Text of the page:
• erklären (to explain)
  • befehlen (to order)
  • reden mit (to converse)
  • sprechen mit (to speak)
  • mitteilen (to share with)

These verbs always take a dative listener—even if the accusative direct object is omitted. For instance:

Ich sagte ihm die Geschichte.
I told him the sory.

Ich sagte ihm.
I told him.

So these words aren’t irregular at all when it comes to case. They follow the usual rule stating that the direct object is in the accusative and the indirect object is in the dative.

Some verbs describing speech don’t take indirect objects, but still put the person addressed in the dative case

But there are a few sneaky ones that don’t (or almost never) take indirect objects and don’t use “mit,” but which still take dative listeners. And some of these are quite common, so they’re worth remembering:

  • danken (to thank)
  • gratulieren (to congratulate)
  • verzeihen (to apologize)
  • entgegnen (to counter/retort)
  • widersprechen (to contradict/refuse).

Since these verbs don’t take direct objects, it’s common to see them followed by a subordinate clause beginning with “dass,” which explains why the thanking, congratulating, apologizing, etc. occurred. For instance:

Ich danke dir, dass du meinen Blogeintrag gelesen hast.
Thank you for reading my blog post.

Exception: fragen and bitten are accusative verbs

Luckily, there aren’t very many speech verbs that break pattern of using the dative case for the person being addressed: among the common verbs descrbing speech, only fragen (to ask) and bitten (to request) take the accusative. Even beyond just the context of describing speech, these verbs are pretty unusual. They number among only a handful of German verbs that can take two accusative objects.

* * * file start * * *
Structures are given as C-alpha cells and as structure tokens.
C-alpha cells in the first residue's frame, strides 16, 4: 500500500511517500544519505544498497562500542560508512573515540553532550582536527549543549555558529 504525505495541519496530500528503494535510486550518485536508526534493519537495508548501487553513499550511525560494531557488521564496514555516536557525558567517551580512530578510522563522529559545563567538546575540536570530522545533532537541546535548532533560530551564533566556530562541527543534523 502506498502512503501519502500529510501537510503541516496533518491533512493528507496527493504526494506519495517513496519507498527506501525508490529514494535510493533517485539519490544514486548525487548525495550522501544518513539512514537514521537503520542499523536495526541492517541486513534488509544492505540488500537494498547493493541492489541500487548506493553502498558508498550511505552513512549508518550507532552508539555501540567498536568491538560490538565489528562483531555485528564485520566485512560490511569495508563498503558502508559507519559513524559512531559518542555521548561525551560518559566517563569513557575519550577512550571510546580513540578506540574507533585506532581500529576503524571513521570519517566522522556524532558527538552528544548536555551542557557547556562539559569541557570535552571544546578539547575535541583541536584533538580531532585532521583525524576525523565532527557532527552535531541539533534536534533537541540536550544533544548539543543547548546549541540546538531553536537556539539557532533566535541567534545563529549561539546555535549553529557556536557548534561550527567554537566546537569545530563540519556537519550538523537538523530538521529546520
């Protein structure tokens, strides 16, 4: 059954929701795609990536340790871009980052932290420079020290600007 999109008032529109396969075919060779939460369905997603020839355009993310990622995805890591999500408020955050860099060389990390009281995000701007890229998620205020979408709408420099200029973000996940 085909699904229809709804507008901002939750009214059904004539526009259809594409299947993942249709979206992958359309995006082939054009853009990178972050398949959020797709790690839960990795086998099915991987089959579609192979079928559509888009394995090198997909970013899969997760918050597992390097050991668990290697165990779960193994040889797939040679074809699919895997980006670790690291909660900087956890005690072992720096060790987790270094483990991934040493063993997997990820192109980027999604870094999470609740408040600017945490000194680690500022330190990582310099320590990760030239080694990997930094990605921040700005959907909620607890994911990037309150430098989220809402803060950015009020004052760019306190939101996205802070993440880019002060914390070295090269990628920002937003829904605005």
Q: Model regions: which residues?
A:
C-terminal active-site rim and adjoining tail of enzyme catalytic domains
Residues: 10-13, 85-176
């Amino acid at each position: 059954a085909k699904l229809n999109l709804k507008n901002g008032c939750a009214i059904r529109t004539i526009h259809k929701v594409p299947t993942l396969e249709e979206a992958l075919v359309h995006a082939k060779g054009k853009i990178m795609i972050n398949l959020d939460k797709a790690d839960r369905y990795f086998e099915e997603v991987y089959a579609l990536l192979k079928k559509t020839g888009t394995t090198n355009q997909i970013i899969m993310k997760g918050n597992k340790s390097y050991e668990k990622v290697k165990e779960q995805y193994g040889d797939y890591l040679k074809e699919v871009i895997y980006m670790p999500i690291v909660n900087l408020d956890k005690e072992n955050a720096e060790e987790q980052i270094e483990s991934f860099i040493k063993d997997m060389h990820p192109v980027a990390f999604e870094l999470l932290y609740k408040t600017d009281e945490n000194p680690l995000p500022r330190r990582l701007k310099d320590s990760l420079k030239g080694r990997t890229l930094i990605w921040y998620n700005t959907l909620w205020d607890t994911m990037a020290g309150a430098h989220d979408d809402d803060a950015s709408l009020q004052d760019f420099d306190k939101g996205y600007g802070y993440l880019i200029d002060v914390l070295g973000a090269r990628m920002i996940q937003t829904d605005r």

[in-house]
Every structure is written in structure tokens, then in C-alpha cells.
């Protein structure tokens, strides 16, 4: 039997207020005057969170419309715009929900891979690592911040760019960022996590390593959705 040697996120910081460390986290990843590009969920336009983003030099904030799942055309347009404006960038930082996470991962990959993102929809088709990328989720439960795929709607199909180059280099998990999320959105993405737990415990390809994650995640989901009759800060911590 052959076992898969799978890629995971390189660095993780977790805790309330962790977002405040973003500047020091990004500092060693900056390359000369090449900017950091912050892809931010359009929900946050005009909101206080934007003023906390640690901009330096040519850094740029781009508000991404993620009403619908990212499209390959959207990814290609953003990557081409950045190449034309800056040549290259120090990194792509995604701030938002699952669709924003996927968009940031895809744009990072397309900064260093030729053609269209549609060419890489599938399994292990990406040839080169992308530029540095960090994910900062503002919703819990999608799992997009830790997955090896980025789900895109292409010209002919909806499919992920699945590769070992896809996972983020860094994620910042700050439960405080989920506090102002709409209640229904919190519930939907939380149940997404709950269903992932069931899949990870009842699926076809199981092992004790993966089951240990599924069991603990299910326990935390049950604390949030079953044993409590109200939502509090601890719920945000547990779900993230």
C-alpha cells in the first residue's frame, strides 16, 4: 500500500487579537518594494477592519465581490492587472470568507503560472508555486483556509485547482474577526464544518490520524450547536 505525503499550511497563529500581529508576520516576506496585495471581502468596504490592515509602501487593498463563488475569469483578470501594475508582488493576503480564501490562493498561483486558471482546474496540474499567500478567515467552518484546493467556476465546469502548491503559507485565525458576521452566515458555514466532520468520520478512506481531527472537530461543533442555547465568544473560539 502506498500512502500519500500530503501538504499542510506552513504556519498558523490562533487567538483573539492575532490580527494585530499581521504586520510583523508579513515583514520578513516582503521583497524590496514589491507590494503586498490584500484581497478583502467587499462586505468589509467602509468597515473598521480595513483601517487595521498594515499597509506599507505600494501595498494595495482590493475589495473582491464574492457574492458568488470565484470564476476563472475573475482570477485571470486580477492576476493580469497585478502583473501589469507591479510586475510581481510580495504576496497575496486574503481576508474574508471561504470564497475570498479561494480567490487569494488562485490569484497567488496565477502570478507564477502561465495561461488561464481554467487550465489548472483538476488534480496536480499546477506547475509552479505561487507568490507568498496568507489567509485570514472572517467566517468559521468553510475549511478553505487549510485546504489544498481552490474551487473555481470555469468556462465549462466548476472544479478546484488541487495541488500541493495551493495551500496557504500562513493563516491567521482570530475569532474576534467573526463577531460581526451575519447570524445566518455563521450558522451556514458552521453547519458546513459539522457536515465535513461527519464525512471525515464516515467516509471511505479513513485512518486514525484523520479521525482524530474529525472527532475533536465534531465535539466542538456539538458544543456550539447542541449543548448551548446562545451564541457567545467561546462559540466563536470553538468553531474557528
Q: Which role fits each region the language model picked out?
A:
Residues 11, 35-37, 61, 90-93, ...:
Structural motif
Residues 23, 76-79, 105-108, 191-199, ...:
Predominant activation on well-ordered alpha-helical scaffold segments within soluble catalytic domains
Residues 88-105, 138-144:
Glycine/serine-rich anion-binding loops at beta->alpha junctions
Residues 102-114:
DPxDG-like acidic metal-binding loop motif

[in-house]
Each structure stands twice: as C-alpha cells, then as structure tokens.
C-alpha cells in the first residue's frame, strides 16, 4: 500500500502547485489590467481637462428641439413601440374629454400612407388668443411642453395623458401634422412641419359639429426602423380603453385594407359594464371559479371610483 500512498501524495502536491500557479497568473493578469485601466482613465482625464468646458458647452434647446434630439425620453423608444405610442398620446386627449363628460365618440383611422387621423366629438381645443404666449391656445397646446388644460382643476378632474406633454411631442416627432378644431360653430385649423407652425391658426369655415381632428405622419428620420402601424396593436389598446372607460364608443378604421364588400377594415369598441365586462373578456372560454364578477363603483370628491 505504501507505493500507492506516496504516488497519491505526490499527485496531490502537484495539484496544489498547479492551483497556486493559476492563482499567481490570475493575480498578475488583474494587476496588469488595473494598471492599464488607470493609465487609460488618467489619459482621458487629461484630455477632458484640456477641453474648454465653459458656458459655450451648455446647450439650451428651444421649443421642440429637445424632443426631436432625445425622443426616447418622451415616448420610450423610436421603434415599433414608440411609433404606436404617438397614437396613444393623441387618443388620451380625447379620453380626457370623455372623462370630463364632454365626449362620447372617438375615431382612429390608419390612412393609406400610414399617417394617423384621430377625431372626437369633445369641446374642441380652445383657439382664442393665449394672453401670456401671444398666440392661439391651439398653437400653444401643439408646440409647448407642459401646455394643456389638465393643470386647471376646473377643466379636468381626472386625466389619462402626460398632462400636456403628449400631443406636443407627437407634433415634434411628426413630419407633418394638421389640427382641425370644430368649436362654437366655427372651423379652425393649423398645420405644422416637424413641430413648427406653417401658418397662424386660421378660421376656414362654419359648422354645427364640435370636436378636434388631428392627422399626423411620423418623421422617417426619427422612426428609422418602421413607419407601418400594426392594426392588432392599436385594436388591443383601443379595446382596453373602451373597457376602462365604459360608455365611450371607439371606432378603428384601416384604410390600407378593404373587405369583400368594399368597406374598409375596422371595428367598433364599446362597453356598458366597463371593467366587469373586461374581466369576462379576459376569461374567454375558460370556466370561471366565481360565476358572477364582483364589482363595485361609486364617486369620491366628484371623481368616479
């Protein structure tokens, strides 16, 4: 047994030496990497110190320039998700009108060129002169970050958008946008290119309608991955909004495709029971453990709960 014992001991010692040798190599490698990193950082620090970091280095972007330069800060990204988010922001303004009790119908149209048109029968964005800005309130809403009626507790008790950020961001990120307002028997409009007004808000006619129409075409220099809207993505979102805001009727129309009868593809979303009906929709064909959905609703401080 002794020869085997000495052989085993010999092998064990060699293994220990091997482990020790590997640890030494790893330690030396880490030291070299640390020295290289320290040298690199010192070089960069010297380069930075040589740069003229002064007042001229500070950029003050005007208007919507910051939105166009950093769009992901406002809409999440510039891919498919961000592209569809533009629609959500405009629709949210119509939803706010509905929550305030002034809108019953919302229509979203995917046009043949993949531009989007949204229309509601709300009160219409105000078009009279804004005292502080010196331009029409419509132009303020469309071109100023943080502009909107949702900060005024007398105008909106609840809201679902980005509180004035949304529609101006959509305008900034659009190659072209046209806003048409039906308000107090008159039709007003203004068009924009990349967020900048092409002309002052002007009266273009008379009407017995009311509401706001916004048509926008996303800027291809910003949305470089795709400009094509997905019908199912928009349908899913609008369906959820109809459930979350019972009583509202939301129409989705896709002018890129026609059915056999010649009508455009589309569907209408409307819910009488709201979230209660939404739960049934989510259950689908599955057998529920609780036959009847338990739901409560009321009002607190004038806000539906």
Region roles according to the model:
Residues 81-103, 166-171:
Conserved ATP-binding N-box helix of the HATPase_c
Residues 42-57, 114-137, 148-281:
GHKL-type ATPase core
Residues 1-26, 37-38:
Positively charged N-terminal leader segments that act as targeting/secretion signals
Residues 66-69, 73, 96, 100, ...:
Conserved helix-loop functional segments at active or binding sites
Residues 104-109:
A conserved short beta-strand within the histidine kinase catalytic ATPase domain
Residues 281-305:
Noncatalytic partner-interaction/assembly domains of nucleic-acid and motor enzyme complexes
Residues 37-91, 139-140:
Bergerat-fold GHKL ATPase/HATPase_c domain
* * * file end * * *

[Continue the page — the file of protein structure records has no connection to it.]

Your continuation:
This is one of those things you should just memorize. But one way I’ve tried to get myself to “feel” the accusative here is to think about more aggressive forms of questioning. Just imagine an interrogation scene from one of those network crime shows that never seems to run out of seasons—lots of questions are asked, most of them pretty “accusative.”


And in case you’re still wondering why I wrote that practice story about someone getting drunk at a party, the answer is that my awesome tutor had given me just about the most hilarious writing prompt ever:

There are a lot of words for ‘drunk’ in German. Find as many as you can, and then write a story in which the main character is drunk.

All those words for “drunk” are coming up in another post. Cheers! 🍻


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This isn't another polyglot blog — it's a monoglot blog! Well, it used to be. At this point, I'm probably somewhere around a 1.75-glot, maybe a 1.80-glot on a good day. This site is all about learning to learn languages, written through the lense of my experience overcoming the intermediate plateau with German and starting from scratch with Italian as a self-taught former monoglot. If you're teaching yourself a language, this is for you!

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Everything on this site is free — I'm as tired of language bloggers trying to sell me miracle language hacks as you are. But if you want to support the site, I wouldn't say no to a coffee ☕. Monthly supporters keep this blog free of affiliate links, ads, and other crud, and they get some fun perks too.